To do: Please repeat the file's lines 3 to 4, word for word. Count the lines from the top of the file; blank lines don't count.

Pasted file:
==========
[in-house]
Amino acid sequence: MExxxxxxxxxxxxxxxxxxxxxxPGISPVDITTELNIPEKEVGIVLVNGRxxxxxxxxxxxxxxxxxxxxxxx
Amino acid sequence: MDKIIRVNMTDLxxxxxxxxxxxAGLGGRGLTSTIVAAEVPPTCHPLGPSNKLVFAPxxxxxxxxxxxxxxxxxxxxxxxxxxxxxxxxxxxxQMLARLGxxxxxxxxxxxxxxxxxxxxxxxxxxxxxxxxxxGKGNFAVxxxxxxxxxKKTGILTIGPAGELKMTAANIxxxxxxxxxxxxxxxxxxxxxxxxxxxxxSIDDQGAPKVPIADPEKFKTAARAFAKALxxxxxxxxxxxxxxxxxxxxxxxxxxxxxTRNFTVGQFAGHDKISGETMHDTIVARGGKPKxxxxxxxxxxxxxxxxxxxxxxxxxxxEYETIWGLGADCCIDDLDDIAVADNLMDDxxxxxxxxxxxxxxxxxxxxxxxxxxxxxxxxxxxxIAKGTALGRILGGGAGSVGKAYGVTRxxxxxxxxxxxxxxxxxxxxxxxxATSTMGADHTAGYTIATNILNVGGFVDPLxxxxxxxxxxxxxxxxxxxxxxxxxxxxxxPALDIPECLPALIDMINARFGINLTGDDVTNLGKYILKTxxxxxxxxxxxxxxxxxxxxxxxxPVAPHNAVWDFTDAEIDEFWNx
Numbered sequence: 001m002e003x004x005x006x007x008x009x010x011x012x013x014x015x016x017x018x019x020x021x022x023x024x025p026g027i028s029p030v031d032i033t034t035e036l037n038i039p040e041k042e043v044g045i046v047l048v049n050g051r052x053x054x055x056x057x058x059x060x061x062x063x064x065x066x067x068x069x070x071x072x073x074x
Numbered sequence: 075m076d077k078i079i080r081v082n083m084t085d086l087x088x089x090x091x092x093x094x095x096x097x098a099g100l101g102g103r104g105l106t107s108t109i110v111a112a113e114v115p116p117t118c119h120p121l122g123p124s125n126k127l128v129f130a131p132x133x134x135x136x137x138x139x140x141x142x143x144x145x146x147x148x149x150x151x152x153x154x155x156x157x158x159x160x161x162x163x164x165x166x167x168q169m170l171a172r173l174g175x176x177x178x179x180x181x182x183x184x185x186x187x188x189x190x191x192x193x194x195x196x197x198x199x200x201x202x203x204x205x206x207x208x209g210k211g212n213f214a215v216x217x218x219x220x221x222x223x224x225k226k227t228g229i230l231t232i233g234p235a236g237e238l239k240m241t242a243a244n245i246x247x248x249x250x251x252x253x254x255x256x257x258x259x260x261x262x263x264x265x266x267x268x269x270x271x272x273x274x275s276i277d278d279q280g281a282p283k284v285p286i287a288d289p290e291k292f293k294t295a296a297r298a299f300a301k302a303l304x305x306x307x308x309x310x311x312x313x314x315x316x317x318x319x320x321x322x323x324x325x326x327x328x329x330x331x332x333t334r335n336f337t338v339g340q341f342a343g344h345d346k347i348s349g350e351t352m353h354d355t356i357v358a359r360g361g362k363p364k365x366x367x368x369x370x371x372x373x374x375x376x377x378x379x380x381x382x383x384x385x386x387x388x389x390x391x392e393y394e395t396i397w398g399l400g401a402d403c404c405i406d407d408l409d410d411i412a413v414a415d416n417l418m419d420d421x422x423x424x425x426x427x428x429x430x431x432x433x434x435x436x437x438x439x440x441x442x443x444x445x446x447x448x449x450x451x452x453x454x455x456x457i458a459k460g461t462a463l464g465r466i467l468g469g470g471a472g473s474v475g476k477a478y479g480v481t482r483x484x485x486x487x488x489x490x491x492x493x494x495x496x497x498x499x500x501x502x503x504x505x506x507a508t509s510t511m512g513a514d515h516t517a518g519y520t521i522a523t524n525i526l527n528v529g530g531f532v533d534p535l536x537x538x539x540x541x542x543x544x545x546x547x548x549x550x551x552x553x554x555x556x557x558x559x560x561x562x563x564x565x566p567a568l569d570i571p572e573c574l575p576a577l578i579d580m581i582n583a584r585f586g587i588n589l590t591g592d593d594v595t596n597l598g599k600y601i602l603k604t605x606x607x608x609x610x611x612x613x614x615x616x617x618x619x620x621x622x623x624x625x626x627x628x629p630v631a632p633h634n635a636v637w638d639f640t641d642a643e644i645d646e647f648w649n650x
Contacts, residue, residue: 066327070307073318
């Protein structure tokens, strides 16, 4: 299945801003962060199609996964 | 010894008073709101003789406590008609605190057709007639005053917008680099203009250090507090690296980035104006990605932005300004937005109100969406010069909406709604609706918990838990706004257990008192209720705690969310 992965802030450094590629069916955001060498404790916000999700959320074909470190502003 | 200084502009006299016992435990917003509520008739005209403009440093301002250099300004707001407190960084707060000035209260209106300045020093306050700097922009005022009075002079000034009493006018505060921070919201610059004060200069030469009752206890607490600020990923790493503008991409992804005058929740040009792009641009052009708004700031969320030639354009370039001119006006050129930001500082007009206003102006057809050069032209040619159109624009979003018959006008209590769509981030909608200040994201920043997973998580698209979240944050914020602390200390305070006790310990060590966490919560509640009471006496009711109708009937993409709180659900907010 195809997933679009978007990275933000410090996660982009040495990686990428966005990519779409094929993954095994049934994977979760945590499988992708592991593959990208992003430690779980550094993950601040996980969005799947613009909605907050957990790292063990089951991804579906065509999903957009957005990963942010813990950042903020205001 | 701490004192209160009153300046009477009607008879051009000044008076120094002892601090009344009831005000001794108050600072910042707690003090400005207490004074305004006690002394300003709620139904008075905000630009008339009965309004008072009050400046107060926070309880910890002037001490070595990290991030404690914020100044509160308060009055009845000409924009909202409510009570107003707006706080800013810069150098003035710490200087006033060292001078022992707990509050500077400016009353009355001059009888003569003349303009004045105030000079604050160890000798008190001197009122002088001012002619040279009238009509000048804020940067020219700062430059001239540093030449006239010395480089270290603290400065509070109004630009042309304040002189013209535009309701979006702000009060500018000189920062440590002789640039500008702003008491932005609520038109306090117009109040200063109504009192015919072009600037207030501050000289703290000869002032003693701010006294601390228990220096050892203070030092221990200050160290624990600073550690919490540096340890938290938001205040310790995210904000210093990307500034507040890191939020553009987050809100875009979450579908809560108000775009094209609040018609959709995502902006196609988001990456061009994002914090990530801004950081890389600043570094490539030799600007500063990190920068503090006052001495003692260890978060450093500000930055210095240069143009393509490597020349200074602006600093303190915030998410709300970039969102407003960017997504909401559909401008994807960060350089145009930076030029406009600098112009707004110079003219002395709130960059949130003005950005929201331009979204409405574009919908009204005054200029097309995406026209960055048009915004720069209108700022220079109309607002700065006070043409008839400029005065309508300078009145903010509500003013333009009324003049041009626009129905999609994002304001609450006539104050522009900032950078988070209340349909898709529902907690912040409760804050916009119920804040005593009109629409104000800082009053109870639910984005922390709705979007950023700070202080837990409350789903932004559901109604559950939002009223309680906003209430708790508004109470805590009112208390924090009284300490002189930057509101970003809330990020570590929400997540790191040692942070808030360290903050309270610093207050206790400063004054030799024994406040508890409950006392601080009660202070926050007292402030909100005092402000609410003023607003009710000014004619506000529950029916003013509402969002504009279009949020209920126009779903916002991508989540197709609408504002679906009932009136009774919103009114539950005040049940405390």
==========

Amino acid sequence: MDKIIRVNMTDLxxxxxxxxxxxAGLGGRGLTSTIVAAEVPPTCHPLGPSNKLVFAPxxxxxxxxxxxxxxxxxxxxxxxxxxxxxxxxxxxxQMLARLGxxxxxxxxxxxxxxxxxxxxxxxxxxxxxxxxxxGKGNFAVxxxxxxxxxKKTGILTIGPAGELKMTAANIxxxxxxxxxxxxxxxxxxxxxxxxxxxxxSIDDQGAPKVPIADPEKFKTAARAFAKALxxxxxxxxxxxxxxxxxxxxxxxxxxxxxTRNFTVGQFAGHDKISGETMHDTIVARGGKPKxxxxxxxxxxxxxxxxxxxxxxxxxxxEYETIWGLGADCCIDDLDDIAVADNLMDDxxxxxxxxxxxxxxxxxxxxxxxxxxxxxxxxxxxxIAKGTALGRILGGGAGSVGKAYGVTRxxxxxxxxxxxxxxxxxxxxxxxxATSTMGADHTAGYTIATNILNVGGFVDPLxxxxxxxxxxxxxxxxxxxxxxxxxxxxxxPALDIPECLPALIDMINARFGINLTGDDVTNLGKYILKTxxxxxxxxxxxxxxxxxxxxxxxxPVAPHNAVWDFTDAEIDEFWNx
Numbered sequence: 001m002e003x004x005x006x007x008x009x010x011x012x013x014x015x016x017x018x019x020x021x022x023x024x025p026g027i028s029p030v031d032i033t034t035e036l037n038i039p040e041k042e043v044g045i046v047l048v049n050g051r052x053x054x055x056x057x058x059x060x061x062x063x064x065x066x067x068x069x070x071x072x073x074x